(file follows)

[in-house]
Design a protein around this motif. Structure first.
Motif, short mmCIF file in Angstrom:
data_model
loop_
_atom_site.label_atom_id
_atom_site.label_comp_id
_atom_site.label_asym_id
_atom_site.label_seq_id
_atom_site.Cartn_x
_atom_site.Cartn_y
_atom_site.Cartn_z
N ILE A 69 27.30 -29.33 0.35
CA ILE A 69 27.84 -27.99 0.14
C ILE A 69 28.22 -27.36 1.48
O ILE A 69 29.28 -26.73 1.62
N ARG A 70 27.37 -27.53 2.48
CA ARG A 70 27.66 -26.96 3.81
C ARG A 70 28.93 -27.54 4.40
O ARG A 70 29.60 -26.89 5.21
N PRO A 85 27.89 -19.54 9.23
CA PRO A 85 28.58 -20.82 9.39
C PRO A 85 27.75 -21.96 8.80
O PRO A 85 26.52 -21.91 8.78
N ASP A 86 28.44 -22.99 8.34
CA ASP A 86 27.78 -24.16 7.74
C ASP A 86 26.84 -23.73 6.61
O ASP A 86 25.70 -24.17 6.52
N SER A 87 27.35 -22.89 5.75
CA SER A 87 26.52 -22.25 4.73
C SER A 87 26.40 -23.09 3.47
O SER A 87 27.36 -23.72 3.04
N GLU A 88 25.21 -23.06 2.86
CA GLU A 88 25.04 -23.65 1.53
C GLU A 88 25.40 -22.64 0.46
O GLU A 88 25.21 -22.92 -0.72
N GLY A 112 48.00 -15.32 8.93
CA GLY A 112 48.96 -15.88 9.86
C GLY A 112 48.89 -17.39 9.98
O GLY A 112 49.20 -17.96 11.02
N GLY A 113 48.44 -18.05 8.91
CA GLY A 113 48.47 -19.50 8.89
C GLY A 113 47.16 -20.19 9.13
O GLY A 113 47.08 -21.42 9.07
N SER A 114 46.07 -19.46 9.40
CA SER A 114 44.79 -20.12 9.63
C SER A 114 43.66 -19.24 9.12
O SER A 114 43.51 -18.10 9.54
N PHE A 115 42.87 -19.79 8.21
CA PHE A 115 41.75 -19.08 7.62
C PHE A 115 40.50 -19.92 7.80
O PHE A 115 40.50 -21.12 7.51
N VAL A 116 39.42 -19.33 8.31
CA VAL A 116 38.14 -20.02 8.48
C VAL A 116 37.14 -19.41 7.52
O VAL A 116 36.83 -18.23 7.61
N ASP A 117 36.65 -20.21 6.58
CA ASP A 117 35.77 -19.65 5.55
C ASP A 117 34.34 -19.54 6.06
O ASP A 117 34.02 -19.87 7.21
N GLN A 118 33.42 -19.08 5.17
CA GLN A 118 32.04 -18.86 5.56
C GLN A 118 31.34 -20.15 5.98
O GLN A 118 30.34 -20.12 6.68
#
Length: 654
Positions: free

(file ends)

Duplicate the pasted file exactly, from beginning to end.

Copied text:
[in-house]
Design a protein around this motif. Structure first.
Motif, short mmCIF file in Angstrom:
data_model
loop_
_atom_site.label_atom_id
_atom_site.label_comp_id
_atom_site.label_asym_id
_atom_site.label_seq_id
_atom_site.Cartn_x
_atom_site.Cartn_y
_atom_site.Cartn_z
N ILE A 69 27.30 -29.33 0.35
CA ILE A 69 27.84 -27.99 0.14
C ILE A 69 28.22 -27.36 1.48
O ILE A 69 29.28 -26.73 1.62
N ARG A 70 27.37 -27.53 2.48
CA ARG A 70 27.66 -26.96 3.81
C ARG A 70 28.93 -27.54 4.40
O ARG A 70 29.60 -26.89 5.21
N PRO A 85 27.89 -19.54 9.23
CA PRO A 85 28.58 -20.82 9.39
C PRO A 85 27.75 -21.96 8.80
O PRO A 85 26.52 -21.91 8.78
N ASP A 86 28.44 -22.99 8.34
CA ASP A 86 27.78 -24.16 7.74
C ASP A 86 26.84 -23.73 6.61
O ASP A 86 25.70 -24.17 6.52
N SER A 87 27.35 -22.89 5.75
CA SER A 87 26.52 -22.25 4.73
C SER A 87 26.40 -23.09 3.47
O SER A 87 27.36 -23.72 3.04
N GLU A 88 25.21 -23.06 2.86
CA GLU A 88 25.04 -23.65 1.53
C GLU A 88 25.40 -22.64 0.46
O GLU A 88 25.21 -22.92 -0.72
N GLY A 112 48.00 -15.32 8.93
CA GLY A 112 48.96 -15.88 9.86
C GLY A 112 48.89 -17.39 9.98
O GLY A 112 49.20 -17.96 11.02
N GLY A 113 48.44 -18.05 8.91
CA GLY A 113 48.47 -19.50 8.89
C GLY A 113 47.16 -20.19 9.13
O GLY A 113 47.08 -21.42 9.07
N SER A 114 46.07 -19.46 9.40
CA SER A 114 44.79 -20.12 9.63
C SER A 114 43.66 -19.24 9.12
O SER A 114 43.51 -18.10 9.54
N PHE A 115 42.87 -19.79 8.21
CA PHE A 115 41.75 -19.08 7.62
C PHE A 115 40.50 -19.92 7.80
O PHE A 115 40.50 -21.12 7.51
N VAL A 116 39.42 -19.33 8.31
CA VAL A 116 38.14 -20.02 8.48
C VAL A 116 37.14 -19.41 7.52
O VAL A 116 36.83 -18.23 7.61
N ASP A 117 36.65 -20.21 6.58
CA ASP A 117 35.77 -19.65 5.55
C ASP A 117 34.34 -19.54 6.06
O ASP A 117 34.02 -19.87 7.21
N GLN A 118 33.42 -19.08 5.17
CA GLN A 118 32.04 -18.86 5.56
C GLN A 118 31.34 -20.15 5.98
O GLN A 118 30.34 -20.12 6.68
#
Length: 654
Positions: free